Pioneering postnatal care for new mothers

Gateshead Health NHS Foundation Trust is making waves in the region with its commitment to women’s health. An important part of that care is maternity services.

When a woman finds out she is pregnant, her care should be consistent and personalised to meet her needs. This is especially true in the postnatal period, the first six to eight weeks after birth. Postnatal care should be a continuation of the care the woman has received through her pregnancy, labour, and childbirth, and it should consider her individual needs and preferences.

We recently spoke with Debbie Corbett, the Public Health Lead midwife at Gateshead Health. Debbie’s role involves service improvement and addressing the public health agenda. She works closely with the maternity teams to integrate their work streams into daily patient care, primarily to reduce health inequalities. Her role is critical in ensuring we deliver safe and effective care.

Debbie Corbett, Public Health Lead midwife at Gateshead Health
Debbie Corbett, Public Health Lead midwife at Gateshead Health

Debbie had some exciting news to share with us. Gateshead Health is working with the Maternal and Neonatal Voices Partnership (MNVP) to listen to, understand, and improve its services. The NHS Maternity and Neonatal Voices Partnership is a program that ensures the voices of patients, families, and staff are heard in developing maternity and neonatal policies and services. It brings together people with lived experience of using maternity and neonatal services with healthcare professionals and policymakers to co-create solutions that meet the needs of all involved. The partnership helps improve the quality and safety of care by ensuring that it is person-driven, evidence-based and reflects the population’s diverse needs.

Another early-stage initiative under women’s health is the regional-wide project NHS Perinatal Pelvic Health Service. This specialised service supports pregnant women and new mothers experiencing pelvic health problems. These problems can include urinary incontinence, pelvic pain, and pelvic organ prolapse. The service offers assessments, advice, and treatment options to help manage these issues and improve the quality of life during and after pregnancy. The goal is to provide a safe and supportive environment for women to discuss their concerns and receive the appropriate care.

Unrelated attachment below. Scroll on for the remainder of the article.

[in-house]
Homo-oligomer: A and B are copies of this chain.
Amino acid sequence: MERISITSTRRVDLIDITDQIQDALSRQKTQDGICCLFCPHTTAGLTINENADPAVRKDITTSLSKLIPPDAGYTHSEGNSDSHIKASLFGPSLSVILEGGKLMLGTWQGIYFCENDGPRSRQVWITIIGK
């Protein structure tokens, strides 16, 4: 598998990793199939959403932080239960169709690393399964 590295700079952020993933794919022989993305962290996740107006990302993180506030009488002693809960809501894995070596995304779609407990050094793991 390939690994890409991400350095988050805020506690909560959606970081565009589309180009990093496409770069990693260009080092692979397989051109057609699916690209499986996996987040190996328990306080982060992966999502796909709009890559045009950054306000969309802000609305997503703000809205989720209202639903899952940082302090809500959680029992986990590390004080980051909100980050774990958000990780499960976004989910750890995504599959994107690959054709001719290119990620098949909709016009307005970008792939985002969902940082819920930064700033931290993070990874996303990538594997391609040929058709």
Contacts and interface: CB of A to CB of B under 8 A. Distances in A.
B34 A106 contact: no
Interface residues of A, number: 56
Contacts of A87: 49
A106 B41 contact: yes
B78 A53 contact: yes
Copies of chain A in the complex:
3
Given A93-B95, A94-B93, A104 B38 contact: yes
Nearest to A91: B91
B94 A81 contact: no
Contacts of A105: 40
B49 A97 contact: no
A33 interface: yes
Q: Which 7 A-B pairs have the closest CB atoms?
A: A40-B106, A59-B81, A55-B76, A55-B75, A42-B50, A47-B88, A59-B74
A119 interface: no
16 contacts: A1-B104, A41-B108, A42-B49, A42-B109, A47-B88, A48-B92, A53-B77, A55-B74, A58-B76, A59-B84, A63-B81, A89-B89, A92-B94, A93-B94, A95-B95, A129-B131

Once a woman has given birth, she remains in the delivery suite for a few hours to get familiar with her new arrival. Every new mother gets her much-needed round of toast and a cup of tea. After this, she is moved to the postnatal ward, where various support staff are on hand to help and provide advice. This includes staff such as midwives, support workers, and domestics who help with feeding tasks and looking at how mothers want to feed their new baby, from breast milk to formula or a mixture of both.

New mothers and their families can be overwhelmed with the information given to them, especially if it is their first baby. Supporting staff are always on hand to provide postnatal care and assistance. Depending on what type of birth the mother has had will determine the kind of care and help required or wanted.

There is a lot of signposting on the wards advising on contraception and the different types available. This links in with the questions being raised during the mother’s third trimester when community midwives ask parents to start to think about what kind of contraception they might use after the baby has arrived. Gateshead was one of the first in the region to begin using the Badger App. All maternity notes and requirements are recorded on this app. This application also echoes the postnatal signposting and advice you will see around the maternity wards.

Debbie had some critical messages to think about and share.

Firstly, start to think about contraception early on, even though it might not seem important at the time when the person is pregnant. However, the World Health Organisation does recommend safe pregnancy spacing for the mother to recover physically and mentally, and the minimum is between 12 to 18 months. So, contraception is critical.

Secondly, rest when you can while maintaining mobility when it is suitable.

Thirdly, mental health is vital, and it is often overlooked when the mayhem of a new baby arrives at home, and the family unit evolves and changes. Gateshead Family Hubs are a fantastic resource and support in the local area, offering mental health support, infant feeding advice, different parental classes, and the opportunity to socialise with people going through the same stages.

Debbie Corbett, Public Health Lead midwife at Gateshead Health

Gateshead Health NHS Foundation Trust is leading the way in providing comprehensive postnatal care that prioritises the individual needs of new mothers and their families. With initiatives like the NHS Perinatal Pelvic Health Service and the Maternal and Neonatal Voices Partnership, Gateshead Health is setting the standard for women’s health in the region.